Sixth Place: Blinds went up again to 15,000-30,000 with 4,000 antes, and it took 50 minutes to lose another player. This time it was Girard, who called from the cut-off seat with K-2, in very bad shape against Ellis, who pushed in with A-K. Both players paired their king on the river when the board came 10-7-6-J-K, but Ace's ace kicker was the difference. Girard, 23, is a nursing student from Kearney, Nebraska. He learned poker seven years ago from a friend. His poker highlight thus far came today with 10 players left. He had A-K against a player who flopped a set of 10s, then hit runner-runner kings to survive and double up Sixth paid $4,409.
Players returned from a break to blinds of 20,000-40,000 with 5,000 antes. Ellis still led, now with 1,365,000 chips. Roth, low on chips, went all in and doubled up a couple of times, and then took down a pot of about 1.3 million winning when he called with A-Q after Wiley moved in with K-4. He now was in a rough tie for the lead with Ellis.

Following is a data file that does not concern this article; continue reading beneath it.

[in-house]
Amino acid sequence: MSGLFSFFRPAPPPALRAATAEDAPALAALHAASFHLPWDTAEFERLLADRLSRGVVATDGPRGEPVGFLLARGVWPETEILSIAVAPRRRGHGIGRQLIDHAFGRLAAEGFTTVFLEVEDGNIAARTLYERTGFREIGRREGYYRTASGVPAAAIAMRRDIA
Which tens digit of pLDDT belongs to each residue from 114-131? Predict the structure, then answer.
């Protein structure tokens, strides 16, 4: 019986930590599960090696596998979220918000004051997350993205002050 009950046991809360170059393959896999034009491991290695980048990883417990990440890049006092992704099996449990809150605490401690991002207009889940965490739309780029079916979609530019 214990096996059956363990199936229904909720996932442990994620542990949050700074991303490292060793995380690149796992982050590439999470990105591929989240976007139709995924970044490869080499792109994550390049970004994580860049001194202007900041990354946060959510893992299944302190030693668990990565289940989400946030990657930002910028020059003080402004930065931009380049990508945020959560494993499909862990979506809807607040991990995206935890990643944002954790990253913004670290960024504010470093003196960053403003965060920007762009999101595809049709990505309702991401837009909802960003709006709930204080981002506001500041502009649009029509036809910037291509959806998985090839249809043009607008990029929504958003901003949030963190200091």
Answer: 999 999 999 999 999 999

Fifth Place: As play went on, the pot of the night developed. Now down to under a million, Ellis moved in with pocket queens and got a quick call from Wiley, who had him slightly out-chipped and holding pocket kings. A board of 6-10-A-9-4 changed nothing and Ellis went out in fifth place for $5,764 while Wiley took a huge lead, holding more than 2 million of the 3.5 million on the table. Ellis, 49, from Blue Springs, Missouri, is a contractor who owns a construction company and other businesses. He's now made 12 final tables in his last 13 tournaments.